Predke,A (2535)-Jakovenko,D (2731) Sochi 2016}) 13... Qc8 14. b4 Nd7 15. Na4 c5
16. bxc5 dxc5 17. Qe2 Bc6 18. Rfb1 Rb8 19. Bf1 Bxa4 20. Rxa4 Bd8 21. Qxa6 Qxa6
22. Bxa6 Nxb6 23. axb6 Rxb6 24. Rxb6 Bxb6 25. Bc4 g5 26. Ra6 {1/2-1/2 (26)
Dragun,K (2594)-Sasikiran,K (2637) Moscow 2016}) 13. Na4 Rb8 14. Nb6 c5 15. Nc4
(15. Nxc8 {I had read in some book that when Knight travels 4 moves and bishop
has not moved there is no use to take the bishop.}) 15... Bb7 16. c3 {again
prophylaxis to support e4} f5 17. exf5 Bxg2 18. Kxg2 Rxf5 19. Bf4 Qc6+ 20. Kg1
e5 21. Bc1 Rf7 22. Qe2 $6 (22. f4 $1 $13 {I liked this move when I was
analysing at home}) 22... e4 23. Bf4 $2 g5 24. Be3 $2 d5 25. Nd2 Ne5 $2 (25...
Rxb2 {very simply bad} 26. Rfb1 Rxb1+ 27. Rxb1) 26. f4 $1 {the move I like a
lot. After this move I became very confident.} exf3 27. Nxf3 Nc4 28. Bc1 {
my style of going very passive I should have played Nd2 so I think I must
start again with practical chess defence book.} Rbf8 29. Bxg5 Bxg5 30. Nxg5
Rxf1+ 31. Rxf1 Rxf1+ 32. Qxf1 {A game with many mistakes but after I got plus
position I converted it properly.} Qg6 33. Qf4 Qb1+ 34. Kg2 Qxb2+ 35. Kh3 {
King is very safe} Qb7 36. Qg4 Ne5 37. Qe6+ Nf7 38. Kg4 $1 (38. Qxf7+ Qxf7 39.
Nxf7 Kxf7 40. Kg4 Ke6 $11) 38... Kg7 39. Qxf7+ Qxf7 40. Nxf7 Kxf7 41. Kf5 Ke7
42. Ke5 d4 43. cxd4 c4 44. Ke4 Kd6 45. d5 Kc5 46. d6 $1 Kxd6 47. Kd4 c3 48.
Kxc3 Ke5 49. Kc4 Kd6 50. g4 Kc6 51. g5 Kd6 52. h4 Ke6 53. Kc5 Kf5 54. Kb6 Kg4
55. Kxa6 Kxh4 56. Kb6 Kxg5 57. a6 h5 58. a7 h4 59. a8=Q 1-0


Sangli is known as Sugar Belt of India and so are the mangoes! Players take these home as souvenirs!

Sangli is cheaper than other big cities, so a basic room near the venue costs Rs. 600 per night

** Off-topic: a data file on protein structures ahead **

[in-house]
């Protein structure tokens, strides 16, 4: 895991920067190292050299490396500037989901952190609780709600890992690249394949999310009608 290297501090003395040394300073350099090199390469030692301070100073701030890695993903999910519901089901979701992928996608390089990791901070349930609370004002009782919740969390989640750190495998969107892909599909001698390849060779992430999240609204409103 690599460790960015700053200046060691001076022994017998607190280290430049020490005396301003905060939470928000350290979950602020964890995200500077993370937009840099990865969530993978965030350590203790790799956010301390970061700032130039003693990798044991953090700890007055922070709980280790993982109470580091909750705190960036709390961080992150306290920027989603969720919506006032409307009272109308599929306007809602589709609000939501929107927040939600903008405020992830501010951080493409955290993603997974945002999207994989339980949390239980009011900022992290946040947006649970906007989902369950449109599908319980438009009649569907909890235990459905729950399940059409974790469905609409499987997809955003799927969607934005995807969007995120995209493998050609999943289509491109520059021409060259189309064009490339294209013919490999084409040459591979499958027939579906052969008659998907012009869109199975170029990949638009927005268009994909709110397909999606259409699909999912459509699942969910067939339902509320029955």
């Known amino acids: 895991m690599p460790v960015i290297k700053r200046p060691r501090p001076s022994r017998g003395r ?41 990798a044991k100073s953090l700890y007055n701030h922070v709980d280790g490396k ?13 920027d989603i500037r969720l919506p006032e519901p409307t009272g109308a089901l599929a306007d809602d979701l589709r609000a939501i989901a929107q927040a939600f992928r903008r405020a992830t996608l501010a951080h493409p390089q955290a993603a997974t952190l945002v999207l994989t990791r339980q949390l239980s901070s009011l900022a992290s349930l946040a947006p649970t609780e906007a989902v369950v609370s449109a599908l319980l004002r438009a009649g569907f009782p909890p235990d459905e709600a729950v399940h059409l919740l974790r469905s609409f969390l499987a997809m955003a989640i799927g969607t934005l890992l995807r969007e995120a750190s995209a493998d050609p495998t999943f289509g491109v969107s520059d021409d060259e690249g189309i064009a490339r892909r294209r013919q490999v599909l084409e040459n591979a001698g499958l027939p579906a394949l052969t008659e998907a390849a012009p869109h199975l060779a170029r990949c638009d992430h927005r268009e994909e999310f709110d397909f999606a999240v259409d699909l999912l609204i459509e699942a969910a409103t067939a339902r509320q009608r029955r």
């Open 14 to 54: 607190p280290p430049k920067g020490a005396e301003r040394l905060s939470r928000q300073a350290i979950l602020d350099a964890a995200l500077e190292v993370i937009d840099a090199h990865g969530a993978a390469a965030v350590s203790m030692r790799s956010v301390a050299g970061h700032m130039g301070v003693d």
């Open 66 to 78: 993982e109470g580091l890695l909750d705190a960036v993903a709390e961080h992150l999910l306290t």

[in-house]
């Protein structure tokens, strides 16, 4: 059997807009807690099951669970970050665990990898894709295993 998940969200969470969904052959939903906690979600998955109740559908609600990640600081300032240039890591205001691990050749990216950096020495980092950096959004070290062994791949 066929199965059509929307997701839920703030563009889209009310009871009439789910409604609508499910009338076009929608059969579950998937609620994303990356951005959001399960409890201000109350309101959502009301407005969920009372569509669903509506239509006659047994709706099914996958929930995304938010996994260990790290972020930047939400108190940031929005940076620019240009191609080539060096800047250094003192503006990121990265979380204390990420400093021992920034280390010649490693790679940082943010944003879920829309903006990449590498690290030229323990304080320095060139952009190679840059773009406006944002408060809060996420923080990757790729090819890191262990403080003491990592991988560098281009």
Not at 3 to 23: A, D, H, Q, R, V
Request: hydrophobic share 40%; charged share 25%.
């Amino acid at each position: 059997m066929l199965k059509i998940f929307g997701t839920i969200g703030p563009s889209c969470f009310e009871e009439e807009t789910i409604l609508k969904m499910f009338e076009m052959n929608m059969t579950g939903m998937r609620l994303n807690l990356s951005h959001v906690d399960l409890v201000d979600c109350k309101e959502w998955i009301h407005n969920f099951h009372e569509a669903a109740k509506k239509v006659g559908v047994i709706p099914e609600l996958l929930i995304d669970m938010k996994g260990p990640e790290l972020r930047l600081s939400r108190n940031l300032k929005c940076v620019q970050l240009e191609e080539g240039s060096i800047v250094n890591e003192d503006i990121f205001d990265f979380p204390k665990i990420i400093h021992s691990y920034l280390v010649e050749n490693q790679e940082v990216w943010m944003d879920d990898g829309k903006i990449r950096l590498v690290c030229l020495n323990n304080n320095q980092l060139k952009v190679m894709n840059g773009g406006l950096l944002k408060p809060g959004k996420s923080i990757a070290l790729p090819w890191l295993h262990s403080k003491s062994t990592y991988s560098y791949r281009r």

The riverside near the venue is soothing after a tough match

Well, this is another year and another feather for the organisers. I hope Sangli chess flourishes and continues to spread like it has always done in the past nurturing all the budding stars of chess. It is also our duty that we support this event that has built up an amazing chess culture in the country! See you all in 2018!

Final Ranking after 10 Rounds

Rk. SNo   Name Typ sex Gr FED Rtg Club/City Pts. 
1 2 IM Ravi Teja S.      AP IND 2369 RLY 8.5
2 1 IM Abhishek Kelkar      Pune IND 2398 Custom 8.5
3 3 IM Rajesh V A V      TN IND 2314 TN 8
4 12   Wagh Suyog  U18   Ahme IND 2138 MAH 8
5 5 IM Kathmale Sameer      Sang IND 2294 RLY 8
6 7   Sammed Jaykumar Shete  U18   Kolh IND 2263 MAH 8
7 6   Deshpande Aniruddha      Pune IND 2270 MAH 7.5
8 15   Bartakke Amardeep S.      Mumb IND 2095 MAH 7.5
9 8   Kulkarni Chinmay      Pune IND 2256 MAH 7.5
10 22   Mohite Ranveer      Pune IND 1985 MAH 7.5
11 9 FM Sauravh Khherdekar      Nagp IND 2207 MAH 7.5
12 38   Nagare Akhilesh      Nasi IND 1807 MAH 7.5
13 19   Satkar Chirag      Mumb IND 2041 MAH 7.5
14 4   Kulkarni Rakesh      Mumb IND 2306 MAH 7
15 11 IM Ramnathan Balasubramaniam      TN IND 2153 TN 7
16 10   Shelke Sankarsha  U14   Ahme IND 2185 MAH 7
17 32   Ponkshe Sarang      Pune IND 1880 MAH 7
18 44   Rahul Bharadwaj B  U16   TN IND 1765 TN 7
19 37   Rohan Bharat Joshi      Pune IND 1810 MAH 7
20 13   Phadke Sohan      Pune IND 2119 MAH 7

Complete ranking list

About the author:

Avathanshu Bhat is a 12-year-old chess player from Mumbai. Apart from being a chess fanatic, he is a voracious reader and his favourite books include Wonder by R.J. Palacio, Lord of the rings by J.R.R. Tolkien and the complete adventures of Feluda by Satyajit Ray. He loves Daniel King and enjoys his Power Play DVDs very much. He maintains his own blog.


Read more articles by Avathanshu Bhat:

Life of a young chess player

Joy of losing

G. Akash wins the Grand Hyderabad affair

10-year-old boy's deep calculation (16,000+ hits on Youtube)

12-year-old chessentrepreneur Avathanshu Bhat

Chess species classified